The most recent research—including a State Department-commissioned report released last year by the National Academy of Sciences—has concluded that the victims’ symptoms and experiences are consistent with the effects of directed, pulsed radio frequency energy on brain networks. The study concludes further that directed energy is the “most plausible” explanation for the symptoms suffered. Directed energy is not new as a tool of espionage; it has been used for years, including against the U.S. Embassy in Moscow in the 1970s.

The United States can draw three reasonable conclusions from the research suggesting pulsed energy was involved. First, the energy had to have been directed by actors, meaning at least one nation-state likely was involved. Second, U.S. and Canadian diplomats were deliberately targeted. Third, the “incidents” can appropriately be called “attacks” for which the Cuban government is at least partially responsible. Even if the original intent was spycraft and even if Cuba itself did not author the attacks, they continued for months after the United States had told the Cuban government that U.S. personnel were injured on Cuban soil, and Cuba failed to protect those Americans from injury.

It is possible that a third-country actor was involved in the attacks or was the primary actor. Media reports have pointed to Russia as the most likely perpetrator, or sometimes Iran or China. In 2017 and 2018, U.S. personnel in Guangzhou, China, experienced injuries consistent with those in Cuba. There also have been subsequent media reports of attacks against U.S. government personnel in Poland, Georgia, Australia and Taiwan.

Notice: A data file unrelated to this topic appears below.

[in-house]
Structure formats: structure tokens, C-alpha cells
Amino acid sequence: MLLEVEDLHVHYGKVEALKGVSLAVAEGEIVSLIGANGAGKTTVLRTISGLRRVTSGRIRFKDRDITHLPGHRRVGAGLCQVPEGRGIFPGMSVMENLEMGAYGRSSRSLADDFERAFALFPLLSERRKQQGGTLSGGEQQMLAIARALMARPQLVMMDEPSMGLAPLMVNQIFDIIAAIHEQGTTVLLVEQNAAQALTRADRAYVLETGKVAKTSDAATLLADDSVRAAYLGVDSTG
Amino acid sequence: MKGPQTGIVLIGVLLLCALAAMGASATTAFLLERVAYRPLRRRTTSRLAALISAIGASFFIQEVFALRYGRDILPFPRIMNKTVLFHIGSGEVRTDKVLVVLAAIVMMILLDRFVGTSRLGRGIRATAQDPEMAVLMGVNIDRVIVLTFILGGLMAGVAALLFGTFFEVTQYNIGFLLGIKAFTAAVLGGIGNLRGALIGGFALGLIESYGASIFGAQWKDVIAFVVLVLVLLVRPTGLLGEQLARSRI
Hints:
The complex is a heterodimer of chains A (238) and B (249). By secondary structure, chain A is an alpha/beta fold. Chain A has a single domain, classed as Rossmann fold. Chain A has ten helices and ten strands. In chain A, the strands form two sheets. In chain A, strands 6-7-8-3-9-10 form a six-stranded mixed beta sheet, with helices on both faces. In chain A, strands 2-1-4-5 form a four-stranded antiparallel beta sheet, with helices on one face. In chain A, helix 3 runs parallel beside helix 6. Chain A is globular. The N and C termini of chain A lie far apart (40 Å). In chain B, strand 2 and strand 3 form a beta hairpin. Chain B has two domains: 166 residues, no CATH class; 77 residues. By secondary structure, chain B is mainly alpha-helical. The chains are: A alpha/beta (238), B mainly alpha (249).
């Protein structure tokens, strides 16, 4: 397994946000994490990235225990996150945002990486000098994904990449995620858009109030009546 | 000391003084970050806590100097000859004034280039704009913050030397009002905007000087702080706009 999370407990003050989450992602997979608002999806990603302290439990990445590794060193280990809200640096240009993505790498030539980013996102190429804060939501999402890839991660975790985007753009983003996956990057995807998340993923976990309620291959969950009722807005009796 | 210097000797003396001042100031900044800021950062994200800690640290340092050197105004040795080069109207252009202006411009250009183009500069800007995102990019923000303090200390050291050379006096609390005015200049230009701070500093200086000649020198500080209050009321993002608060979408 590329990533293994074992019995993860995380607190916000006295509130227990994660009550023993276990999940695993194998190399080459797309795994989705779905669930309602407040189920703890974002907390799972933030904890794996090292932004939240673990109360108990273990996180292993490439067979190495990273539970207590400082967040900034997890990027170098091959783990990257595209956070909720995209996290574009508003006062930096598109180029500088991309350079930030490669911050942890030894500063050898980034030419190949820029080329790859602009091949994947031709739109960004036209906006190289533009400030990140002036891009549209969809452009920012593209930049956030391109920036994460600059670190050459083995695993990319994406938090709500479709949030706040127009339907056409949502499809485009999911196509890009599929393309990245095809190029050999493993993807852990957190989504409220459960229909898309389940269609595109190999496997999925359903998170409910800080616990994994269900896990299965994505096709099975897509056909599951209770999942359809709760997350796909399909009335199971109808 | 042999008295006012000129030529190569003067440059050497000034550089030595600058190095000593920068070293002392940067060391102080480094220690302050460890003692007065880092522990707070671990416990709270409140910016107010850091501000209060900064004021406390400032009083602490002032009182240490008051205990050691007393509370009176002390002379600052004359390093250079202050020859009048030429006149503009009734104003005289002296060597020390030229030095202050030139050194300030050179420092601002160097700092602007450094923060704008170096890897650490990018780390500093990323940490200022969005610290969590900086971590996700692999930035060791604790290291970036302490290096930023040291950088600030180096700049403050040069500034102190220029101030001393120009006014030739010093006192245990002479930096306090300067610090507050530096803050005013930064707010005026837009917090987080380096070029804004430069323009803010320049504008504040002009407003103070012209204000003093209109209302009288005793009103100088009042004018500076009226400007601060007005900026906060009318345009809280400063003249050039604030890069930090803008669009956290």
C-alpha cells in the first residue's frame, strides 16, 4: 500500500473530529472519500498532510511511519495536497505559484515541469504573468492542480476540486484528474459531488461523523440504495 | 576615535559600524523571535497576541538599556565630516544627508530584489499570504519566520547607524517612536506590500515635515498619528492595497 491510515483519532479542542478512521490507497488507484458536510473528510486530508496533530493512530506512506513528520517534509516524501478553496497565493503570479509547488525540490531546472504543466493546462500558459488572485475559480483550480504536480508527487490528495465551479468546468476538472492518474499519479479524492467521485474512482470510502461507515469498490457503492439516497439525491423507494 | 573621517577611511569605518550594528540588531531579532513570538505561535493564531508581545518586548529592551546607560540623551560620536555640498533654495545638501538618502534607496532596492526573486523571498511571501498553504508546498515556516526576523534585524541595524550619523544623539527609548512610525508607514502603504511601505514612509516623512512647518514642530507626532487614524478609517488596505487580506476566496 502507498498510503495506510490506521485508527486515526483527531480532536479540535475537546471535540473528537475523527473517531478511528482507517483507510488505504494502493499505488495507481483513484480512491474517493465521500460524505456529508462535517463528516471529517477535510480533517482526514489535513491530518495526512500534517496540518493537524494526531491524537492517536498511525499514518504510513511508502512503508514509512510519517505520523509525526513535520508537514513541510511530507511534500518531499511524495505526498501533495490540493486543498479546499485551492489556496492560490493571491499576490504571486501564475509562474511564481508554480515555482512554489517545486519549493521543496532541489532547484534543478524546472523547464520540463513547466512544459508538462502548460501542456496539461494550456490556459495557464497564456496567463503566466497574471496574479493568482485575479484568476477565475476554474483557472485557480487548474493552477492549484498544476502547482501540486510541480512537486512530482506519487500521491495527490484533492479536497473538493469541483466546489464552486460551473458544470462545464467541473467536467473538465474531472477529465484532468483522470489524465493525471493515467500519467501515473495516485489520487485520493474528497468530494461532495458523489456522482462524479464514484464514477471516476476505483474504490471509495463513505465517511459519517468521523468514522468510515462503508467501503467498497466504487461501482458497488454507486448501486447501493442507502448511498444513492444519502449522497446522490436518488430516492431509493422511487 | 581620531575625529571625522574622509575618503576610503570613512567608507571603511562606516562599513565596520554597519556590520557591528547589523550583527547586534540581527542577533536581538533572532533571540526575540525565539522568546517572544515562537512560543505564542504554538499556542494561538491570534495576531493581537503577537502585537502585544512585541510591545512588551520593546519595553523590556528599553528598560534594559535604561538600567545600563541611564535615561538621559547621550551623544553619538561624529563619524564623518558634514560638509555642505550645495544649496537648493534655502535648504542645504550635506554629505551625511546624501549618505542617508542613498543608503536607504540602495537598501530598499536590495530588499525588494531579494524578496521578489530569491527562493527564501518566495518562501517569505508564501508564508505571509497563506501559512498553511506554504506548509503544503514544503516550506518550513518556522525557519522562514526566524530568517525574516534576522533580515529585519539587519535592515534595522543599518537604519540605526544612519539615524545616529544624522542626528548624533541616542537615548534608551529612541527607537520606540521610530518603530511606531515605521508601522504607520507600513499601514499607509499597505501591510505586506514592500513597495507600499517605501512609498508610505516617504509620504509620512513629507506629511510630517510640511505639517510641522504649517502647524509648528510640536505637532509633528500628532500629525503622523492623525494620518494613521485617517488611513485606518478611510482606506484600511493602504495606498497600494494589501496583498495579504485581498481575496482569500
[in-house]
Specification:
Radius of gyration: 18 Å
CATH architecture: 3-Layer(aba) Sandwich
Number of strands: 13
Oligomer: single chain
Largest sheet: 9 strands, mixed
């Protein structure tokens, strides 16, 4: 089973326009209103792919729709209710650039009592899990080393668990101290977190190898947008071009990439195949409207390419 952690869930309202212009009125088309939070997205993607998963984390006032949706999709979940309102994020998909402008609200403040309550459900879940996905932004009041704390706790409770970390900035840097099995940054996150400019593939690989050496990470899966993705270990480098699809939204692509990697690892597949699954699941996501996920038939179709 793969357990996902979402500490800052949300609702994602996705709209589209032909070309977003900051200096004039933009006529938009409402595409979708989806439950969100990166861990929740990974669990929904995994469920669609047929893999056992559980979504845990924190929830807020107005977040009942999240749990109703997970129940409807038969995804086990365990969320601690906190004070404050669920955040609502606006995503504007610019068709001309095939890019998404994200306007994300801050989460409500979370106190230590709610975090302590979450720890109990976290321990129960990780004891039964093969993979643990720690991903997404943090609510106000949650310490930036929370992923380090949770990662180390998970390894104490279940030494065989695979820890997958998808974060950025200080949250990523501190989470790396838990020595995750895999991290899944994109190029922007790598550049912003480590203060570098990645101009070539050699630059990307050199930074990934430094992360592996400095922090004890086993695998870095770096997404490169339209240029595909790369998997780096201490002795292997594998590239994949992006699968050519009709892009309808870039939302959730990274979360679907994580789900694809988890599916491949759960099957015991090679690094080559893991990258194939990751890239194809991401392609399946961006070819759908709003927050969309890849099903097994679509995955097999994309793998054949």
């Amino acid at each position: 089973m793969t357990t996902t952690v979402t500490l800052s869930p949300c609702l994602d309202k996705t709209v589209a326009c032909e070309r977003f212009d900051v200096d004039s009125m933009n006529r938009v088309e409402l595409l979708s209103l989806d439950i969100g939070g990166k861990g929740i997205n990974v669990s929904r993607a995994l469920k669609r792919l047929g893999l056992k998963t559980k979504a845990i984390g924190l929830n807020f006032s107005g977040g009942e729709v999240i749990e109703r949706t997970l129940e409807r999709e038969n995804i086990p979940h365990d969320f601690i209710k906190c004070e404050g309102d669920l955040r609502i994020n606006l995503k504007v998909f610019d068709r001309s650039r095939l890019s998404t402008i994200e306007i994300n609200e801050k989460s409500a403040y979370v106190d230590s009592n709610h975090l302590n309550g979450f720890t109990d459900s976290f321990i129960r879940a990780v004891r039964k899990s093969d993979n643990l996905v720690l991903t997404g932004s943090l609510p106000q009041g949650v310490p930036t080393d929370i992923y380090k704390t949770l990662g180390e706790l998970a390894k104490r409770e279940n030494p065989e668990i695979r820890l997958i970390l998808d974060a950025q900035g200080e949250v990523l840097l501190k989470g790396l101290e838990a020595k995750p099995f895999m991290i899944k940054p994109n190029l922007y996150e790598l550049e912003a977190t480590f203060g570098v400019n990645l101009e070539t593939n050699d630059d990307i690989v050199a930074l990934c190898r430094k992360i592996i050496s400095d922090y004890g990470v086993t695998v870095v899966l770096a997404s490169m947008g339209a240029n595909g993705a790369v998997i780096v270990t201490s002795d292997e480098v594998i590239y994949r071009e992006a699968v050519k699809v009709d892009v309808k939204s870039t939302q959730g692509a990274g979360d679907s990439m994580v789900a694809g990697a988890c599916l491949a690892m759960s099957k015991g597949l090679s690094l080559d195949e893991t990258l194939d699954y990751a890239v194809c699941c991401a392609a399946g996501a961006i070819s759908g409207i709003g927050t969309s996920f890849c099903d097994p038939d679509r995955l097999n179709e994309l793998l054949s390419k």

Even if other countries were involved, however, it is impossible to conclude that dozens of attacks could have taken place in Havana without at least the knowledge—and tacit support—of the Cuban government. The Cubans are known for having air-tight control of the population in Havana, including closely tracking dissidents and foreign diplomats. Some of the American victims were staying in Cuban government-owned hotels, several of which were included in the travel warnings issued by the State Department in 2017 as a result of the attacks. In one case, a U.S. diplomat was attacked within hours of arriving in country. It is implausible that Cuban security services had no idea American travelers were attacked—and far more likely that the security services, or some factions within them, facilitated or carried out the attacks.